I know I won't be able to do these double-seasons throughout my career, but I feel that I have so much room for improvement, and the trials are a year away, so I want to get in as much racing experience as possible with the Australians right up until that Olympic year. I'm training right now to peak for Worlds and then I'll make sure I get some down-time in the fall. I might take a break and do some cross country skiing in the winter. At this point, avoiding mental burnout is as important as not being physically burned out. I feel fresh and ready to go.
Is your goal nothing less than to win a gold medal?
You have to make the team first. But if I make the team, then I'm definitely shooting for gold. I have the best shot at it.
Unfortunately, our Olympic qualifying process is not ideal. It's not what the athletes want; they're not using a World Cup as a qualifier. They're trying to simulate a World Cup without having a World Cup and it's not going to happen. It's pretty disconcerting, and it makes me upset to think about it. But it just makes me work harder and know that I have to be the best swimmer, cyclist and runner out there.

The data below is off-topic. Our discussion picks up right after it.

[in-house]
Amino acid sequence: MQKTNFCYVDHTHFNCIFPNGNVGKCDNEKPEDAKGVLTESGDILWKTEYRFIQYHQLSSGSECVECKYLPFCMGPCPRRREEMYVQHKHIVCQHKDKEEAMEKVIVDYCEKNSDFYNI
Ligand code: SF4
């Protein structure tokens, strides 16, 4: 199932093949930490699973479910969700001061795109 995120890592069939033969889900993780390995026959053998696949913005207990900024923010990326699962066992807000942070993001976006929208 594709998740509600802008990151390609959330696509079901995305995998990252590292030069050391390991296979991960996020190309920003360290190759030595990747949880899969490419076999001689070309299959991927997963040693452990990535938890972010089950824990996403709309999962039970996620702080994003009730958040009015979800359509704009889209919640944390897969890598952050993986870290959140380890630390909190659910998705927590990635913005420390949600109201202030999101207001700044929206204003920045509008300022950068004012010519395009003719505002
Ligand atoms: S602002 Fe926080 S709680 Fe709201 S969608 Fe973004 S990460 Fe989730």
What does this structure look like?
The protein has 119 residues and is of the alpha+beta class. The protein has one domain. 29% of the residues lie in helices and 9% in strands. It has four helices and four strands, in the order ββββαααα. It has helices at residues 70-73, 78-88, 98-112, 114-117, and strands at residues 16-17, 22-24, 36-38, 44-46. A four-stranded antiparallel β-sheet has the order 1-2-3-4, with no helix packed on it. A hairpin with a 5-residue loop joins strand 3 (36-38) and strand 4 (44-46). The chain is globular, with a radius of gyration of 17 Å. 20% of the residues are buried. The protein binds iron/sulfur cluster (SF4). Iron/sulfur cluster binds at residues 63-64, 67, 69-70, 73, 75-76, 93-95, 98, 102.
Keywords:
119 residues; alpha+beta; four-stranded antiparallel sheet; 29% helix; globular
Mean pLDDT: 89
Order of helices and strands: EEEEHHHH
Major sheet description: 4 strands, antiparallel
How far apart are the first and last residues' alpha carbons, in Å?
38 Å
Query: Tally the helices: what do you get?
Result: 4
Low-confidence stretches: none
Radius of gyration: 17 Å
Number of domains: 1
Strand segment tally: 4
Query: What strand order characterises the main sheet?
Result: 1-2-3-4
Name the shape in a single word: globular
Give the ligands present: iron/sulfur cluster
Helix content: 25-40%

If you do win gold, and triathlon itself goes over well in the Games, you could find yourself enjoying the opportunity for tremendous exposure and financial gain. How would you deal with that?
I haven't really thought about the responsibility if I do win a gold medal. I guess one thing that does have a big draw on my heart is kids. I'd love to get kids more involved in doing triathlon. I think it's great lifestyle sport. I went into a second grade classroom in my area and asked the kids if anybody knew what a triathlon was, and nobody raised a hand. It blows me away!
Also, I'd like to use the platform and my name to glorify God. There are a lot of great athletes out there who are not good role models. I would like to be a good, clean, pure role model. I'm just a regular person who came from Wyoming, is married, and has a cat.